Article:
Kakodkar R, Gupta S, Nundy S. Low anterior resection with total mesorectal excision for rectal cancer: functional assessment and factors affecting outcome. Colorectal Dis. 2006; 8(8):650-656


Lee SJ, Park YS. Serial evaluation of anorectal function following low anterior resection of the rectum. Int J Colorectal Dis. 1998; 13(5-6):241-246


Ihnát P, Slívová I, Tulinsky L, Ihnát Rudinská L, Máca J, Penka I. Anorectal dysfunction after laparoscopic low anterior rectal resection for rectal cancer with and without radiotherapy (manometry study). J Surg Oncol. 2017; 117(4):710-716


Chan CLH, Lunniss PJ, Wang D, Williams NS, Scott SM. Rectal sensorimotor dysfunction in patients with urge faecal incontinence: evidence from prolonged manometric studies. Gut. 2005; 54(9):1263-1272


Nesbakken A, Nygaard K, Lunde OC. Mesorectal excision for rectal cancer: functional outcome after low anterior resection and colorectal anastomosis without a reservoir. Colorectal Dis. 2002; 4(3):172-176


Lee WY, Takahashi T, Pappas T, Mantyh CR, Ludwig KA. Surgical autonomic denervation results in altered colonic motility: an explanation for low anterior resection syndrome?. Surgery. 2008; 143(6):778-783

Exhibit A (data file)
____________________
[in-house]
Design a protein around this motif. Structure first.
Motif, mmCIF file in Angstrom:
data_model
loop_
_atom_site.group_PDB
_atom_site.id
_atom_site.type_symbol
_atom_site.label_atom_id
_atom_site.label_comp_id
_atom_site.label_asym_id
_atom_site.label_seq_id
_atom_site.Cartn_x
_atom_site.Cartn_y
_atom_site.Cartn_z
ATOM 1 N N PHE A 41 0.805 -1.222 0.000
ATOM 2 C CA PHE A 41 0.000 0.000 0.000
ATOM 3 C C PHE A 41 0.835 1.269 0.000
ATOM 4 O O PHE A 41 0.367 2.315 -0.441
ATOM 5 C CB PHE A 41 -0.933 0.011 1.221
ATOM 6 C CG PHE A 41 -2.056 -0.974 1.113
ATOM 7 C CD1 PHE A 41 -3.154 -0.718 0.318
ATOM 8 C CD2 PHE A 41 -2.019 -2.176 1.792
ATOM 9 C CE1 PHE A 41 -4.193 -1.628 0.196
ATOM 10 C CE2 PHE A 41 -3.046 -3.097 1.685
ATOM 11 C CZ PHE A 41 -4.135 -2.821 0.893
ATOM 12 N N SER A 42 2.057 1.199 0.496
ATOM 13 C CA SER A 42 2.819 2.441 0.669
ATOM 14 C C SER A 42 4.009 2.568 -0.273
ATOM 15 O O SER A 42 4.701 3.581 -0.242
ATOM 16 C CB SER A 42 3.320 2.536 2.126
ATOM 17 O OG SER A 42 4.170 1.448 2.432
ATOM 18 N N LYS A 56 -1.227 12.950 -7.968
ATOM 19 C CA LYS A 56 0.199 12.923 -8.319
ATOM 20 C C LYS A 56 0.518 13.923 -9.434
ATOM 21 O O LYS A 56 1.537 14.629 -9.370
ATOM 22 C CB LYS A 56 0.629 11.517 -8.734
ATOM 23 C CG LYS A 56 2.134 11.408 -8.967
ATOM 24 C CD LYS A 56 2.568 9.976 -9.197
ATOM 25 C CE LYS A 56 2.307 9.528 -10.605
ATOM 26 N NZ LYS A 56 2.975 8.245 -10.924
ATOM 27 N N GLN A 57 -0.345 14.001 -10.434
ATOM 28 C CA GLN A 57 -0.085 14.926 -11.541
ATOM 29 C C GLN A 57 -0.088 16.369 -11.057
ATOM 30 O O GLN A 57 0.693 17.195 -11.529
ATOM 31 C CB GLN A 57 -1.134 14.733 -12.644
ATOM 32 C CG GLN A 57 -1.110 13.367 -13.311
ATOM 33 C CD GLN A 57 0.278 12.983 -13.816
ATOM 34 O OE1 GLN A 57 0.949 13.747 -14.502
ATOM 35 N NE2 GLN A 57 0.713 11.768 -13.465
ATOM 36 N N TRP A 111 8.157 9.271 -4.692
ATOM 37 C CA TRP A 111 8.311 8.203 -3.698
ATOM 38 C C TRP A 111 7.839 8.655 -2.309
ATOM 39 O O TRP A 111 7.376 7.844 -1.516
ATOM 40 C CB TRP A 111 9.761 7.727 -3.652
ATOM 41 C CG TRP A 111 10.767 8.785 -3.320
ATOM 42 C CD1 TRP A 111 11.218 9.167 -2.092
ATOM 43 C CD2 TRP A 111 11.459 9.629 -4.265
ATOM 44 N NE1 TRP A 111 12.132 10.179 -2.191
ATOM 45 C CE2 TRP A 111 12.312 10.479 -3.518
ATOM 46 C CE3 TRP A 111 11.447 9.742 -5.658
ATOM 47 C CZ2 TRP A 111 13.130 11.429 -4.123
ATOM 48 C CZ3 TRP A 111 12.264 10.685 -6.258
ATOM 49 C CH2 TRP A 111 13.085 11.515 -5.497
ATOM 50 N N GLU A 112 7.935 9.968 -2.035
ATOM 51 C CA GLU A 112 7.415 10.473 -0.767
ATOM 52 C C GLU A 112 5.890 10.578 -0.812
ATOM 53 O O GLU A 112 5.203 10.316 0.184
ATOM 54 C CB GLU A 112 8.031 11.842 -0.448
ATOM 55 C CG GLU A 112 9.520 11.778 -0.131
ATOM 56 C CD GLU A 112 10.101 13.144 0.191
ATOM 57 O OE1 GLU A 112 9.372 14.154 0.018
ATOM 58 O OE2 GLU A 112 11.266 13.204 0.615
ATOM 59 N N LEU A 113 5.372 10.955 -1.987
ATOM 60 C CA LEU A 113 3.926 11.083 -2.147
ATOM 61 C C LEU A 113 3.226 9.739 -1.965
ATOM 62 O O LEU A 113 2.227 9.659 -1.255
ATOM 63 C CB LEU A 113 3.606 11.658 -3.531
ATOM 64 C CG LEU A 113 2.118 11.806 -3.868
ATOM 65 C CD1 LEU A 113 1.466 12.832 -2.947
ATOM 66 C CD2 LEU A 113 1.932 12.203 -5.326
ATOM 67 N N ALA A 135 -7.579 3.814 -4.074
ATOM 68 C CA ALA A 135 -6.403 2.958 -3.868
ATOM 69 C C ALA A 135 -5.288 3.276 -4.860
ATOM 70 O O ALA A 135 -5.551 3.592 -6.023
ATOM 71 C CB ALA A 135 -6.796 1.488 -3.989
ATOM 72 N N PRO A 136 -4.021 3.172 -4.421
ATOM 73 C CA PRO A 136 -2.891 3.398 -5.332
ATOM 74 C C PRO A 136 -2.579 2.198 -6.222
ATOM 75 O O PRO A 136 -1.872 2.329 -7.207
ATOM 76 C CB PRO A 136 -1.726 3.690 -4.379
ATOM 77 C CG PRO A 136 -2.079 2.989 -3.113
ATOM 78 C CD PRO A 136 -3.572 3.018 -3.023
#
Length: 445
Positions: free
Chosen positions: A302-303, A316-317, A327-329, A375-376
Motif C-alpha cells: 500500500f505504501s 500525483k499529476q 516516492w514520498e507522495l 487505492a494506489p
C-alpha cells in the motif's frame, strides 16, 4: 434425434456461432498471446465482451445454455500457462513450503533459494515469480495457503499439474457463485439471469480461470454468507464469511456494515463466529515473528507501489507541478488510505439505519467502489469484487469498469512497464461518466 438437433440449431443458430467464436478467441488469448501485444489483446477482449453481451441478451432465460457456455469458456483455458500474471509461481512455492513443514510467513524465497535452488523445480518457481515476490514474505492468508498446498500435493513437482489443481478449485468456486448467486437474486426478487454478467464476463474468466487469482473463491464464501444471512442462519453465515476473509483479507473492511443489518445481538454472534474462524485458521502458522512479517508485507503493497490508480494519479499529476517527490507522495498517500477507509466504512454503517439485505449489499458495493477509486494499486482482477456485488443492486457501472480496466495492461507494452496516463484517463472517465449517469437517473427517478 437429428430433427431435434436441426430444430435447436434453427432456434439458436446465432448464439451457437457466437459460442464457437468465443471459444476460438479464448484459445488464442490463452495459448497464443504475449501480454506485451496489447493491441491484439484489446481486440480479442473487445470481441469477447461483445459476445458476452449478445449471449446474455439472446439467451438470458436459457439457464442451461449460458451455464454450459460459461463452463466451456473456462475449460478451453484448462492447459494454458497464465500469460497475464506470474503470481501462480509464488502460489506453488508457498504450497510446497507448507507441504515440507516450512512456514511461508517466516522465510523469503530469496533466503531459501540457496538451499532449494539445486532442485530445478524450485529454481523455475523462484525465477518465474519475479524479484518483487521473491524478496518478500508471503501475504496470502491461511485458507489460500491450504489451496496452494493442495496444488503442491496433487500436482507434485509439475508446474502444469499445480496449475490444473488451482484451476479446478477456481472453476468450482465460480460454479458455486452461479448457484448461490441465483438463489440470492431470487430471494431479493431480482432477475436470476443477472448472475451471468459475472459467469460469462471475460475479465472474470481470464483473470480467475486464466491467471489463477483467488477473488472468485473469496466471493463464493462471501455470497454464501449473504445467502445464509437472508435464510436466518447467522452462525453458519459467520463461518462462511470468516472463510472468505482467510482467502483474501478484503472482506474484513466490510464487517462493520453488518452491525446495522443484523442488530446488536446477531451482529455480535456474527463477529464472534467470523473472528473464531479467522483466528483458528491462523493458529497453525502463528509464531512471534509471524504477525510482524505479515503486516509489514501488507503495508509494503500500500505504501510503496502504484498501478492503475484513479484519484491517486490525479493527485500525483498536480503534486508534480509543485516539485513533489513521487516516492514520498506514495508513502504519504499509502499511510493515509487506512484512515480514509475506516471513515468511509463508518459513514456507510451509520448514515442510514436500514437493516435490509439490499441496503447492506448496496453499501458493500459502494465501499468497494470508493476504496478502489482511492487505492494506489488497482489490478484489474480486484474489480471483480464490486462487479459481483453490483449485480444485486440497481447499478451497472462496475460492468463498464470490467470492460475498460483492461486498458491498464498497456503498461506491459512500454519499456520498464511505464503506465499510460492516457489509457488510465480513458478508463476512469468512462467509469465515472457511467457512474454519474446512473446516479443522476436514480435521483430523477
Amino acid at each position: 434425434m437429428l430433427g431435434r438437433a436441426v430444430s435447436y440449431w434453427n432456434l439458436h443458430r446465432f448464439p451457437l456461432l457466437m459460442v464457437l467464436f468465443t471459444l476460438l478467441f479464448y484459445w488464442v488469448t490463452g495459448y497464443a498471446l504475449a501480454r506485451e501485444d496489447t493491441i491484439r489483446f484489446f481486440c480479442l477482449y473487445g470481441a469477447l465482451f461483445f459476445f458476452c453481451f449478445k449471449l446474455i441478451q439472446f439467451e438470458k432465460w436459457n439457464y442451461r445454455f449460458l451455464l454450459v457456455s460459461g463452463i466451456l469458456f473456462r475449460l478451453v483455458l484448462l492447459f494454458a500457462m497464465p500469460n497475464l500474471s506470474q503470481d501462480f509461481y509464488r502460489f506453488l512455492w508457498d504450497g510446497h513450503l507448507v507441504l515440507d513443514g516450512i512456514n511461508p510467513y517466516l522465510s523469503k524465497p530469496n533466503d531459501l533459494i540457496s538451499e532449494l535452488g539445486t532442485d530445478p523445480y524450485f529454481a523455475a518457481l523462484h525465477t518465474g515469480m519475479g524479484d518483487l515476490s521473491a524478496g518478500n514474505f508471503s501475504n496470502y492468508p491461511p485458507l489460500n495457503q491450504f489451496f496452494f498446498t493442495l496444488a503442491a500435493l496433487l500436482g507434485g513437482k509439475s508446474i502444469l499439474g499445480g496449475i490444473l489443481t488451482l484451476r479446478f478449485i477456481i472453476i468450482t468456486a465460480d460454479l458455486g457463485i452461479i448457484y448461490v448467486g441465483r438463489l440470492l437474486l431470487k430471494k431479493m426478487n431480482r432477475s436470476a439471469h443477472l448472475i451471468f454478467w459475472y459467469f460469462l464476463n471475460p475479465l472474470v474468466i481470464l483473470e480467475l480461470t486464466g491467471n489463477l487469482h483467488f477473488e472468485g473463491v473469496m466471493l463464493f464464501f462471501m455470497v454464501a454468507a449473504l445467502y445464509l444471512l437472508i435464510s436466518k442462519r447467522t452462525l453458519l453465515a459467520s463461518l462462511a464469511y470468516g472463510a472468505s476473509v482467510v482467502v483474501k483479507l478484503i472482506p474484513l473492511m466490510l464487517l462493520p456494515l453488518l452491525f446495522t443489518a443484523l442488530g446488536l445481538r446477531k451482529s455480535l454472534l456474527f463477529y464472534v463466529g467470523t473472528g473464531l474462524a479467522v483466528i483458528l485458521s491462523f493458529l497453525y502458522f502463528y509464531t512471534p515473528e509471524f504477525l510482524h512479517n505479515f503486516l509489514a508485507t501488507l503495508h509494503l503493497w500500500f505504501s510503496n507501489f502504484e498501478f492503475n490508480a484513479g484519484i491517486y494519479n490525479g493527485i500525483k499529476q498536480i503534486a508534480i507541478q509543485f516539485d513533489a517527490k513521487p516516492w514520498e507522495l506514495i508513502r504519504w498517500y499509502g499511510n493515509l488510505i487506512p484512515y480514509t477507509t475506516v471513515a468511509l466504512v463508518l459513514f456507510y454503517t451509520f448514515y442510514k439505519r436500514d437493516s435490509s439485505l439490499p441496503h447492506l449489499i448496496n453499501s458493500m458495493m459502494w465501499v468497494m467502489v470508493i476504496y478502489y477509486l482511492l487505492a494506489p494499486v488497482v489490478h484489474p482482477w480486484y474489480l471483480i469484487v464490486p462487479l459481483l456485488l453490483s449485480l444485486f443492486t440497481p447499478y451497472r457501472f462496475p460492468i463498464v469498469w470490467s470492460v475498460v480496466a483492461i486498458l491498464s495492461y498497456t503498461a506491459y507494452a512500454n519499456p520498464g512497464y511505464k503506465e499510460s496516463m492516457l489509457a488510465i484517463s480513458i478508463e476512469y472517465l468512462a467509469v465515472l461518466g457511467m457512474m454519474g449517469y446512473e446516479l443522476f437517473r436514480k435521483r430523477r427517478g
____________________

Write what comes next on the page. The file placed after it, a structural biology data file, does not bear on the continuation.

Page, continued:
Shimizu K, Koda K, Kase Y, Satoh K, Seike K, Nishimura M, et al. Induction and recovery of colonic motility/defecatory disorders after extrinsic denervation of the colon and rectum in rats. Surgery. 2006; 139(3):395-406


Mochiki E, Nakabayashi T, Suzuki H, Haga N, Fujita K, Asao T, et al. Barostat examination of proximal site of the anastomosis in patients with rectal cancer after low anterior resection. World J Surg. 2001; 25(11):1377-1382


Ng KS, Russo R, Gladman MA. Colonic transit in patients after anterior resection: prospective, comparative study using single-photon emission CT/CT scintigraphy. Br J Surg. 2020; 107(5):567-579


Koda K, Saito N, Seike K, Shimizu K, Kosugi C, Miyazaki M. Denervation of the neorectum as a potential cause of defecatory disorder following low anterior resection for rectal cancer. Dis Colon Rectum. 2005; 48(2):210-217


Iizuka I, Koda K, Seike K, Shimizu K, Takami Y, Fukuda H, et al. Defecatory malfunction caused by motility disorder of the neorectum after anterior resection for rectal cancer. Am J Surg. 2004; 188(2):176-180


Nguyen TH, Chokshi RV. Low anterior resection syndrome. Curr Gastroenterol Rep. 2020; 22(10):48


Kim S, Kang SI, Kim SH, Kim JH. The effect of anastomotic leakage on the incidence and severity of low anterior resection syndrome in patients undergoing proctectomy: a propensity score matching analysis. Ann Coloproctol. 2021; 37(5):281-290


Yin L, Fan L, Tan R, Yang G, Jiang F, Zhang C, et al. Bowel symptoms and self-care strategies of survivors in the process of restoration after low anterior resection of rectal cancer. BMC Surg. 2018; 18(1):35